Please use this identifier to cite or link to this item: https://ahro.austin.org.au/austinjspui/handle/1/18966
Title: The effect of insulin administration on c-peptide in critically ill patients with type 2 diabetes.
Austin Authors: Crisman, Marco;Lucchetta, Luca;Luethi, Nora;Cioccari, Luca;Lam, Que T ;Eastwood, Glenn M ;Bellomo, Rinaldo ;Mårtensson, Johan
Affiliation: Department of Pathology, Austin Health, Heidelberg, Victoria, Australia
Section of Anaesthesia and Intensive Care Medicine, Department of Physiology and Pharmacology, Karolinska Institutet, 171 77, Stockholm, Sweden.
Department of Anesthesia and Intensive Care, Azienda Ospedaliero-Universitaria "Ospedali Riuniti", Trieste, Italy
Department of Epidemiology and Preventive Medicine, Australian and New Zealand Intensive Care Research Centre, Monash University, Melbourne, Victoria, Australia
Department of Intensive Care, Austin Health, Heidelberg, Victoria, Australia
Issue Date: Dec-2017
metadata.dc.date: 2017-05-12
Publication information: Annals of intensive care 2017; 7(1): 50
Abstract: In critically ill patients with permissive hyperglycemia, it is uncertain whether exogenous insulin administration suppresses or enhances c-peptide secretion (a marker of pancreatic beta-cell response). We aimed to explore this effect in patients with type 2 diabetes. We prospectively enrolled a cohort of 45 critically ill patients with type 2 diabetes managed according to a liberal glucose protocol (target blood glucose 10-14 mmol/l). We recorded the administration of insulin and oral hypoglycemic agents and measured plasma c-peptide as surrogate marker of endogenous insulin secretion on the first two consecutive days in ICU. Overall, 20 (44.4%) patients required insulin to achieve target blood glucose. Insulin-treated patients had higher glycated hemoglobin A1c, more premorbid insulin-requiring type 2 diabetes, and greater blood glucose levels but lower c-peptide levels on admission. Premorbid insulin-requiring diabetes was independently associated with lower admission c-peptide, whereas greater plasma creatinine was independently associated with higher levels. Increases in c-peptide were positively correlated with an increase in blood glucose both in patients who did (r = 0.54, P = 0.01) and did not (r = 0.56, P = 0.004) receive insulin. However, insulin administration was independently associated with a greater increase in c-peptide (P = 0.04). This association was not modified by the use of oral insulin secretagogues. C-peptide, a marker of beta-cell response, responds to and is influenced by glycemia and renal function in critically ill patients with type 2 diabetes. In addition, in our cohort, exogenous insulin administration was associated with a greater increase in c-peptide in response to hyperglycemia. Trial Registration Australian New Zealand Clinical Trials Registry (ACTRN12615000216516).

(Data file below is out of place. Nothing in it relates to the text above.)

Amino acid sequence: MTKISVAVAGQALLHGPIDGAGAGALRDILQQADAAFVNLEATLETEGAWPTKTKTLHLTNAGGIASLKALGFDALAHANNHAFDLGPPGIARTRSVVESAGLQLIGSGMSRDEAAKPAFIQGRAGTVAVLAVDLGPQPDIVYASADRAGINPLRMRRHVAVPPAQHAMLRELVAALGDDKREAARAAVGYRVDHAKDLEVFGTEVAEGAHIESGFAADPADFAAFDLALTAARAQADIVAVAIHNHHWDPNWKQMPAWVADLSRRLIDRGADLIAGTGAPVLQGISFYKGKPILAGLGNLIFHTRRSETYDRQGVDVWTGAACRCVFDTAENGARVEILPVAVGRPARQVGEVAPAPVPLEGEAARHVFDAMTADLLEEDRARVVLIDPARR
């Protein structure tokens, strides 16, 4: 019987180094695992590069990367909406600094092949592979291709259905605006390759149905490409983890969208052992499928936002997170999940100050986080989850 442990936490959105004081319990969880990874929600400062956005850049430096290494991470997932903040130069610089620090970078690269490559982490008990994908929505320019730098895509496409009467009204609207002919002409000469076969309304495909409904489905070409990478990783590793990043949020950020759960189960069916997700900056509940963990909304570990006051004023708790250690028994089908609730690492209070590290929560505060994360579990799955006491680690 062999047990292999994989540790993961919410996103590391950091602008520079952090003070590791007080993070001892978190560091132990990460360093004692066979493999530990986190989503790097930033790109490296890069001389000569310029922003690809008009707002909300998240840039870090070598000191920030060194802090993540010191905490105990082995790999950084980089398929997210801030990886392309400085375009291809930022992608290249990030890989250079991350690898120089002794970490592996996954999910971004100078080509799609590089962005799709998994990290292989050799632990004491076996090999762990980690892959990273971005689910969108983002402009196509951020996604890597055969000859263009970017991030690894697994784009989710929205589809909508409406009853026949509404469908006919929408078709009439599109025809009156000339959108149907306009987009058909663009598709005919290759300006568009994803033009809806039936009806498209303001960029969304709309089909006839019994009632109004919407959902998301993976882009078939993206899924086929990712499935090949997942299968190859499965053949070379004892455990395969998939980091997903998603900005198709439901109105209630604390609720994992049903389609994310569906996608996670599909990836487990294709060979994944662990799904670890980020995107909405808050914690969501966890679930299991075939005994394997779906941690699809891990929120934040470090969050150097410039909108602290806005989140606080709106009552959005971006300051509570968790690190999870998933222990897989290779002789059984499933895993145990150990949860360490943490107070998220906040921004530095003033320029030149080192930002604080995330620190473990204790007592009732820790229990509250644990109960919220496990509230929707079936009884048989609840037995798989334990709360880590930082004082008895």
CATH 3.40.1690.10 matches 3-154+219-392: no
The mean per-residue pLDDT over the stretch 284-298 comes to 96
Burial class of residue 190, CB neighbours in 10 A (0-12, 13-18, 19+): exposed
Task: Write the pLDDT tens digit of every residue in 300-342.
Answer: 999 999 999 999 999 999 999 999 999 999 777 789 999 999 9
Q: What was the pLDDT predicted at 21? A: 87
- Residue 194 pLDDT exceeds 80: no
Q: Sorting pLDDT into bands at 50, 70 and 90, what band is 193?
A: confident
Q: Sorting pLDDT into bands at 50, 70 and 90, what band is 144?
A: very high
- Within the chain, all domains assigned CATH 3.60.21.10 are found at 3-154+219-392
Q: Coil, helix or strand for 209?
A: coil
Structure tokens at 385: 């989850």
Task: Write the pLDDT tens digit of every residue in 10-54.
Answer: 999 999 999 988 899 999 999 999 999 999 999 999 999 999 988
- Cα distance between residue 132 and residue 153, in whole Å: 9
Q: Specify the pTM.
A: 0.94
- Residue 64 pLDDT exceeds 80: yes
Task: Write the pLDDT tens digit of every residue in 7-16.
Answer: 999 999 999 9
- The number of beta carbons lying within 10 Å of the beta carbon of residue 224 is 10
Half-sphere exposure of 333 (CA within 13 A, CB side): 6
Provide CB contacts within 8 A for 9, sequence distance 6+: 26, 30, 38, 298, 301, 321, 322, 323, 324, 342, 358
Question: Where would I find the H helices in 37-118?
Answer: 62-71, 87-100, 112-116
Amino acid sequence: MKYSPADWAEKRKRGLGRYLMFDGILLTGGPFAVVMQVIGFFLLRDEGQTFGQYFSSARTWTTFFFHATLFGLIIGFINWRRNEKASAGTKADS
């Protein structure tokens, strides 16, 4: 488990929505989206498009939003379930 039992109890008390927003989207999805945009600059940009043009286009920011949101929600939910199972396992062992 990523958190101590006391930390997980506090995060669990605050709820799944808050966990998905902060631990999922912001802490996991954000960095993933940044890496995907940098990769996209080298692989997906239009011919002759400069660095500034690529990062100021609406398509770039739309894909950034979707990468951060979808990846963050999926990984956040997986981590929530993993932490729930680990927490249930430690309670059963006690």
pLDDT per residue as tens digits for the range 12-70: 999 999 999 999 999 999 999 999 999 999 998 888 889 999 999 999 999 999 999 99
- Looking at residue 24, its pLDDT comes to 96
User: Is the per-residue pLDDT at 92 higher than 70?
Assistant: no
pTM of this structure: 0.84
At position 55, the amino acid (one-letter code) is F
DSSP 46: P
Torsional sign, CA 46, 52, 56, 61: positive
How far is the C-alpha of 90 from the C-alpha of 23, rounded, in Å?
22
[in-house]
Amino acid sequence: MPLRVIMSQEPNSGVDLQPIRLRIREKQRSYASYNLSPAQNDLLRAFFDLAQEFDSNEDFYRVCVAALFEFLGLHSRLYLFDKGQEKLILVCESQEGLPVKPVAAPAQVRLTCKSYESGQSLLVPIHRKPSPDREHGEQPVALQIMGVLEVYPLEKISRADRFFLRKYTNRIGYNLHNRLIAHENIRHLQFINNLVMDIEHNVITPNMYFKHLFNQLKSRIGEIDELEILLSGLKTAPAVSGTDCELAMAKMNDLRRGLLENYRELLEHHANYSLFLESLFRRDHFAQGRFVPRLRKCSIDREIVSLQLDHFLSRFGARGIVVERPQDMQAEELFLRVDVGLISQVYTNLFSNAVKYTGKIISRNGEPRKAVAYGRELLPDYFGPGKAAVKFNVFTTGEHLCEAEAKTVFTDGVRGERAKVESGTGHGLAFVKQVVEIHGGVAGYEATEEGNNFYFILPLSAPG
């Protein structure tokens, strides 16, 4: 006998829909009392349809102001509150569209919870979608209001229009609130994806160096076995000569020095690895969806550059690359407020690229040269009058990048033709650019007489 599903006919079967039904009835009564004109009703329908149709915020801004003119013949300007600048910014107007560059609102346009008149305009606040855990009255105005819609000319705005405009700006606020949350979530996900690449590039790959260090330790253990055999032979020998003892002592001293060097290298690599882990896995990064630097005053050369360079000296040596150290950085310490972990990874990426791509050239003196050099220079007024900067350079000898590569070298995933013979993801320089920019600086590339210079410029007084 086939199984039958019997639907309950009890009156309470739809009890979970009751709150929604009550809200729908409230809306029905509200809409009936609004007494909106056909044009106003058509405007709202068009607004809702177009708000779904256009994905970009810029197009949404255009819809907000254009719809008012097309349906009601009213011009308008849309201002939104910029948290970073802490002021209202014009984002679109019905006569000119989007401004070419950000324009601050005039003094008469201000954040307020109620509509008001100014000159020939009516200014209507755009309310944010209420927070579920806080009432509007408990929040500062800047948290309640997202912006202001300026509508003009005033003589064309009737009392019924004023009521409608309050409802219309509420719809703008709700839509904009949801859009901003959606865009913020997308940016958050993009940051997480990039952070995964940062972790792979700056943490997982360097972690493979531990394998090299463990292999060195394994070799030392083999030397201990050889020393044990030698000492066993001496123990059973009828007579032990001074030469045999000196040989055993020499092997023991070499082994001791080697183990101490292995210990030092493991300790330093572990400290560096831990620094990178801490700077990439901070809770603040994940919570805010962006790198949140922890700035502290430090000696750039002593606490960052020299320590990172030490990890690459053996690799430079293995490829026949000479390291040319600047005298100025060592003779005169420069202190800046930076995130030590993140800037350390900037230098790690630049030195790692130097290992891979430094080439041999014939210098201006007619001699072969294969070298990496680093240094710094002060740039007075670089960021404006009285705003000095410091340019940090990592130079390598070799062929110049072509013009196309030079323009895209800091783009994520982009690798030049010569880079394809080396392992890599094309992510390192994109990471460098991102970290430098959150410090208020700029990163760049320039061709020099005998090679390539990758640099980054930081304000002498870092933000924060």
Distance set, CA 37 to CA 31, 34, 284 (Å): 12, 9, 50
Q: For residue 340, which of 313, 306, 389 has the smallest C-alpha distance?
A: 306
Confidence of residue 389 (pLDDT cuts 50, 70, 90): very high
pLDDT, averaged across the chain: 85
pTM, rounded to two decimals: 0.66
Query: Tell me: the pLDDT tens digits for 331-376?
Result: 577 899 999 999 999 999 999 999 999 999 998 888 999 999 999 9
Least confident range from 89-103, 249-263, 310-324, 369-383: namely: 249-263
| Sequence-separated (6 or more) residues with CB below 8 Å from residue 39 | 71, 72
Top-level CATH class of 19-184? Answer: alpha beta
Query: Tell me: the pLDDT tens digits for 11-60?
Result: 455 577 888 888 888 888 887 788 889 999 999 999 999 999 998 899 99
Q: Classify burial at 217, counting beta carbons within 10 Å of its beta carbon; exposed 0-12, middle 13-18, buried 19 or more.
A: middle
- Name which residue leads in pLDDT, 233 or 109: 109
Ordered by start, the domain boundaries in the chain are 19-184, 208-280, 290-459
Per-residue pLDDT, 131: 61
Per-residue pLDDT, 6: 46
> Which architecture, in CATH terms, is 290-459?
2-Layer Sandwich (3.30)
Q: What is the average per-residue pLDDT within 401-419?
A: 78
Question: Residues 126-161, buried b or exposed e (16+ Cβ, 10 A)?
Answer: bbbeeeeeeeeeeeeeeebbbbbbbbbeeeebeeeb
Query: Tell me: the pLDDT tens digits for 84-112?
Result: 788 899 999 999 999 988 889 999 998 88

URI: http://ahro.austin.org.au/austinjspui/handle/1/18966
DOI: 10.1186/s13613-017-0274-5
ORCID: 0000-0001-8739-7896
The University of Melbourne, Victoria, Australia
0000-0002-1650-8939
0000-0001-8739-7896
PubMed URL: 28497374
ISSN: 2110-5820
Type: Journal Article
Subjects: Blood glucose
C-peptide
Critical care, beta-cell
Diabetes mellitus
Insulin
Appears in Collections:Journal articles

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